Memorably fierce: with her long career in view today, her comment on Dickinson, in 1985, applies to Howe herself: 'A great poet, carrying the antique imagination of her fathers, requires of each reader to leap from a place of certain signification, to a new situation, undiscovered and sovereign. She carries intelligence of the past into future of our thought by reverence and revolt. -- Langdon Hammer
“Only artworks are capable of transmitting chthonic echo-signals,” Susan Howe has said.
In Concordance,she has created a fresh body of work transmitting vital signals from a variety of archives. “Since,” a semiautobiographical prose poem, opens the collection: concerned with first and last things, meditating on the particular and peculiar affinities between law and poetry, it ranges from the Permian time of Pangaea through Rembrandt and Dickinson to the dire present. “Concordance” a collage poem originally published as a Grenfell Press limited edition, springs from slivers of poetry and marginalia, cut from old concordances and facsimile editions of Milton, Swift, Herbert, Browning, Dickinson, Coleridge, and Yeats, as well as from various field guides to birds, rocks, and trees: the collages’ “rotating prisms” form the heart of the book.
The final poem, “Space Permitting,” is collaged from drafts and notes Thoreau sent to Emerson and Margaret Fuller’s friends and family in Concord while on a mission to recover Fuller’s remains from a shipwreck on Fire Island. The fierce ethic of salvage in these three very different pieces expresses the vitalism in words, sounds, and syllables—the telepathic spirit of all things singing into air.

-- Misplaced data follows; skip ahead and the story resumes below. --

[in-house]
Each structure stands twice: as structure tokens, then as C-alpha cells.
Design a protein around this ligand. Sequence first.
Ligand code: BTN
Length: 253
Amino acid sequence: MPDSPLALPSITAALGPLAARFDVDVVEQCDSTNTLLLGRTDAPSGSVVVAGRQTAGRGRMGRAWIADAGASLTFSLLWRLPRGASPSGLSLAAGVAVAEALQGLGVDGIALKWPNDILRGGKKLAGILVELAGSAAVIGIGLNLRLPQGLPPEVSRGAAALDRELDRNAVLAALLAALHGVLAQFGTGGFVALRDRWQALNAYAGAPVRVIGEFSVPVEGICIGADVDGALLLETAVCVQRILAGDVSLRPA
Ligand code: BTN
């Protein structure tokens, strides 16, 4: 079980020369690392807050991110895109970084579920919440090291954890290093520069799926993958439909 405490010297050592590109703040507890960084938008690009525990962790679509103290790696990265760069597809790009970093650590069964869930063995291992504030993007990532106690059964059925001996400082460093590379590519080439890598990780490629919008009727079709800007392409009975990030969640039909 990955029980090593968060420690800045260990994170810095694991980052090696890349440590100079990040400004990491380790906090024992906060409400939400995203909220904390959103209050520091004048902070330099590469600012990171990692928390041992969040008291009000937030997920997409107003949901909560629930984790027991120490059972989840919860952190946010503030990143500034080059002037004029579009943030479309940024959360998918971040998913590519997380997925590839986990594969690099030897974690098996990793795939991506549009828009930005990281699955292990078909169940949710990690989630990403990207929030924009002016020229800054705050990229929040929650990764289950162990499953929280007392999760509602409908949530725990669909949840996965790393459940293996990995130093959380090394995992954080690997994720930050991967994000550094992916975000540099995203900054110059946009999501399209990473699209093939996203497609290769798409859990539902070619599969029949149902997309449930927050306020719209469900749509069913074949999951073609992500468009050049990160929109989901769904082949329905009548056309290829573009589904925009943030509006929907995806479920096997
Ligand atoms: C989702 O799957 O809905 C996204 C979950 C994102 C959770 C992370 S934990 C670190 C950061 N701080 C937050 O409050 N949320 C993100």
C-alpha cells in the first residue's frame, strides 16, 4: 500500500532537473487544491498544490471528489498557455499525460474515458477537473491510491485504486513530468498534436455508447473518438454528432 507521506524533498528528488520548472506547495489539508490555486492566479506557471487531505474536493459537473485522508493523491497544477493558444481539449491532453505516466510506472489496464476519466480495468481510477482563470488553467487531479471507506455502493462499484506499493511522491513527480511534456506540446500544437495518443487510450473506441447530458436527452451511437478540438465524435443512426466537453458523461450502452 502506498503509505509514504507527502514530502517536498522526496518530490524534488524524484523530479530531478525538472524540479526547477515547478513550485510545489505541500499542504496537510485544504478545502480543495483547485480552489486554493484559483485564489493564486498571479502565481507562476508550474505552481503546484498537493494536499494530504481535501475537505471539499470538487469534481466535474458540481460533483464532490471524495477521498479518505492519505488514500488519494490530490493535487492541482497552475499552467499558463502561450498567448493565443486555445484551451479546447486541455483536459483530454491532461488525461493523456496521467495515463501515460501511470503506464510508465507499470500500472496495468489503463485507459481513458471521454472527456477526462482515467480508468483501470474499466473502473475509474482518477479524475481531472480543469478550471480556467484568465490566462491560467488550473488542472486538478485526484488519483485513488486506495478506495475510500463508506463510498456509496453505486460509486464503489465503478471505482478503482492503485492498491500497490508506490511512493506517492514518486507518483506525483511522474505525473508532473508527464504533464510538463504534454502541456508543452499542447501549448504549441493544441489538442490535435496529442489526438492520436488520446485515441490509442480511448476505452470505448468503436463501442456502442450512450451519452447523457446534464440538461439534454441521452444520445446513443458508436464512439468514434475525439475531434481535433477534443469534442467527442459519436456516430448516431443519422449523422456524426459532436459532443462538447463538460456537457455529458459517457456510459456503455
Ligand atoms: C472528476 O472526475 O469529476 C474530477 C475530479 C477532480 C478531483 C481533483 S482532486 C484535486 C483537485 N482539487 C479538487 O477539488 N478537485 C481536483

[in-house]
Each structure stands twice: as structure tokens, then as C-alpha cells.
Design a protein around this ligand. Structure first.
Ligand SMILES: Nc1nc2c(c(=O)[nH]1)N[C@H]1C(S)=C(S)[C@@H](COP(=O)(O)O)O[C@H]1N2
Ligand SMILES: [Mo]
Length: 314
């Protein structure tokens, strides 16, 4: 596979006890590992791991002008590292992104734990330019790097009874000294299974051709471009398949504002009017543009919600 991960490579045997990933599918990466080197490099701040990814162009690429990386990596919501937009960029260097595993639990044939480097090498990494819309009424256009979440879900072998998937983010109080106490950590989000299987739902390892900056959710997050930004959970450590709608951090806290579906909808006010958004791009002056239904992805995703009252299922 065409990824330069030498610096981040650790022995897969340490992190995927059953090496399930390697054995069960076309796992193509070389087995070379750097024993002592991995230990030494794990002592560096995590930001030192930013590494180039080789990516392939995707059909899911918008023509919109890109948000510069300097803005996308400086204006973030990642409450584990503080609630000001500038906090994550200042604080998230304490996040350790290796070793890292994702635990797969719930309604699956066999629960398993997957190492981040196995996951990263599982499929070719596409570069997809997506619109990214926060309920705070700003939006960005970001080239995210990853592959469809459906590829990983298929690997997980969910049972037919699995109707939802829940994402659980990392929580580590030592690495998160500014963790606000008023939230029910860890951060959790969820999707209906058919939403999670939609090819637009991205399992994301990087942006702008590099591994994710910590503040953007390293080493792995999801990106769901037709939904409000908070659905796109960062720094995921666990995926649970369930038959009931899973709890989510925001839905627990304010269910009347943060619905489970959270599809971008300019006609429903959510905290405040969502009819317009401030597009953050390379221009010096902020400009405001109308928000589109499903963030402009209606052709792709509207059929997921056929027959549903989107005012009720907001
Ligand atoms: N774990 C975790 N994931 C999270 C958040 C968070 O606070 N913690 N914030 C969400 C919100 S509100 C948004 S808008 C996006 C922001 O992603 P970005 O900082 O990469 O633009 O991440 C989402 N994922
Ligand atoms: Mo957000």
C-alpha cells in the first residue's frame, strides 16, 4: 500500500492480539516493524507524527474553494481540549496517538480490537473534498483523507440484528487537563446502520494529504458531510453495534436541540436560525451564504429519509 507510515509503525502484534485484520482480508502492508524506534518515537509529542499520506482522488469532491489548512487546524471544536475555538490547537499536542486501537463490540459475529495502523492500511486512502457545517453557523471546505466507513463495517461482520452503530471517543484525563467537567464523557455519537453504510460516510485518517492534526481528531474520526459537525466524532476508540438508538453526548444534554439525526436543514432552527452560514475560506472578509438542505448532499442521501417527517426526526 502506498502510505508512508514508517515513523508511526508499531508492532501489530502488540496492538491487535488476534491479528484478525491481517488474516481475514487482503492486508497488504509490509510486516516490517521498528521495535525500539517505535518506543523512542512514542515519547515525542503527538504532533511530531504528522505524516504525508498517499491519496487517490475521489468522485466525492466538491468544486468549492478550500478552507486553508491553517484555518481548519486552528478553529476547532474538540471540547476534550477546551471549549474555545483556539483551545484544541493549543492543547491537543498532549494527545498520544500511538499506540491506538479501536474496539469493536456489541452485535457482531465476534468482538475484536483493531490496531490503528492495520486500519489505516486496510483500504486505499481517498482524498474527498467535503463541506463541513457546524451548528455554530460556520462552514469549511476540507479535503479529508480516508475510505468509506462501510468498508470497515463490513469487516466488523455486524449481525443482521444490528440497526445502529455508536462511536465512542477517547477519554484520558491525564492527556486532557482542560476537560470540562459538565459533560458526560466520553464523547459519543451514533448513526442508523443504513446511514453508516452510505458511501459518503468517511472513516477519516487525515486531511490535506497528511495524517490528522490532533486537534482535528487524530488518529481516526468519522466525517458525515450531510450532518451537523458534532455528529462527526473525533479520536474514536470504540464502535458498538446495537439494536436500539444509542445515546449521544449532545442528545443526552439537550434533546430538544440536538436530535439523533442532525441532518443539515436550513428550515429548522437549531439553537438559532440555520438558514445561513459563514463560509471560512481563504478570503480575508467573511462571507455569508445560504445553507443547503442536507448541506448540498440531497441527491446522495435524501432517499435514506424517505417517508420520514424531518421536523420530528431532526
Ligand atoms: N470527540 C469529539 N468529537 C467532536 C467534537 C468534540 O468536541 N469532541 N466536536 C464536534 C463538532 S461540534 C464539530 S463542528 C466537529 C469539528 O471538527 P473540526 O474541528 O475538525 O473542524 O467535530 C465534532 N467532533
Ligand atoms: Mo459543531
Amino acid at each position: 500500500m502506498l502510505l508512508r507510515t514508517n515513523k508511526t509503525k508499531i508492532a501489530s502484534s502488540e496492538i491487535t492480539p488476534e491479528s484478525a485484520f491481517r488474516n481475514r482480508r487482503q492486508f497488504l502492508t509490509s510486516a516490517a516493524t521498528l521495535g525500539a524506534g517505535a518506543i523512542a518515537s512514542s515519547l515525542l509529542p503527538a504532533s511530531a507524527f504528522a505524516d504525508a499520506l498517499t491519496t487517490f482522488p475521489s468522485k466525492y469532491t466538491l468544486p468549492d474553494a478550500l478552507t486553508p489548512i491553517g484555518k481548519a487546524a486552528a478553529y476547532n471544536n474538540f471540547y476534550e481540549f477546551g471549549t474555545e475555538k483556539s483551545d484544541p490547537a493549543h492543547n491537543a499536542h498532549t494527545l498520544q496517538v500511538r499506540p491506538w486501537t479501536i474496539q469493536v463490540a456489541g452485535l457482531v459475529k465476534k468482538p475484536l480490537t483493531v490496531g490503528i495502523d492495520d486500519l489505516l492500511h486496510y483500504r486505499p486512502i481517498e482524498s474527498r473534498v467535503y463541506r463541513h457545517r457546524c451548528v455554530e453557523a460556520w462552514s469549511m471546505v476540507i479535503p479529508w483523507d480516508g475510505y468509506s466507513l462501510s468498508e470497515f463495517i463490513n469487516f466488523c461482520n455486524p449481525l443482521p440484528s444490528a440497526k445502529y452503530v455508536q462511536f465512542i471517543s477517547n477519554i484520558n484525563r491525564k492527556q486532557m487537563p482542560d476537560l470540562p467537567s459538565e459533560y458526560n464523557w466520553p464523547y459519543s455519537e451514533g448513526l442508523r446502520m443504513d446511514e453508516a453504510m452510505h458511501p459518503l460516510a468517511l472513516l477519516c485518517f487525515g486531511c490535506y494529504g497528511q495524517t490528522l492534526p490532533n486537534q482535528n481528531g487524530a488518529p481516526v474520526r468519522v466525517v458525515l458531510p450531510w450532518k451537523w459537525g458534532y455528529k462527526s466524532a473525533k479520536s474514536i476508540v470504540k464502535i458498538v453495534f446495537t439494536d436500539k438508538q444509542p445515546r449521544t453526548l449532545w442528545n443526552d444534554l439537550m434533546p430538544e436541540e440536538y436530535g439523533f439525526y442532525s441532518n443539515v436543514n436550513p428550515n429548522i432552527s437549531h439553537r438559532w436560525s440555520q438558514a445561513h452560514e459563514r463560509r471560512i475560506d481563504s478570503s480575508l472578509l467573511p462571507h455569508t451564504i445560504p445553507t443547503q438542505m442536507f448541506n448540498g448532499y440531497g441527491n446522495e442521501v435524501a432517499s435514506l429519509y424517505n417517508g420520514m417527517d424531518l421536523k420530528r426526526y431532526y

In the collage poems language is both word and image. Source texts are cut up and repurposed, overlaid, truncated--they scatter across the page and spill into the gutter, run to the outside margins. Small blocks of quotations are buttressed and broidered by other quotations, slender and enigmatic, running in the opposite direction; some are illegible, serving more as shapes, gnomic geometries born of inscrutable utterances. To embody, in graphic or poetic form, a reconstituted approach to reading and writing, one that reaches beyond the page, through difficulty, silence, and stutters, to another kind of knowledge. -- Emily LaBarge
A collection of works by a Whiting Writer's Award-winning poet is divided into three sections including Braid, Fray, and Nub and features two ongoing serial poems that have evolved throughout more than twenty years, such as a West African spirit song and an exploration of a lost we tribe.
In the cosmology of the Dogon of West Africa, the Andoumboulou are progenitor spirits, and the song of the Andoumboulou is a song addressed to the spirits, a funeral song, a song of rebirth. "Mu ," too, splays with meaning: muni bird, Greek muthos, a Sun Ra tune, a continent once thought to have existed in the Pacific. With the vibrancy of a Mira painting, Mackey's poems trace the lost tribe of "we" through waking and dreamtime, through a multitude of geographies, cultures, histories, and musical traditions, as poetry here serves as the intersection of everything, myth's music, spirit lift.
In these essays, the acclaimed artist, photographer, writer, and filmmaker Moyra Davey often begins with a daily encounter--with a photograph, a memory, or a passage from a book--and links that subject to others, drawing fascinating and unlikely connections, until you can almost feel the texture of her thinking. While thinking and writing, she weaves together disparate writers and artists--Mary Wollstonecraft, Jean Genet, Virginia Woolf, Janet Malcolm, Chantal Akerman, and Roland Barthes, among many others--in a way that is both elliptical and direct, clearheaded and personal, prismatic and self-examining, layering narratives to reveal the thorny but nourishing relationship between art and life.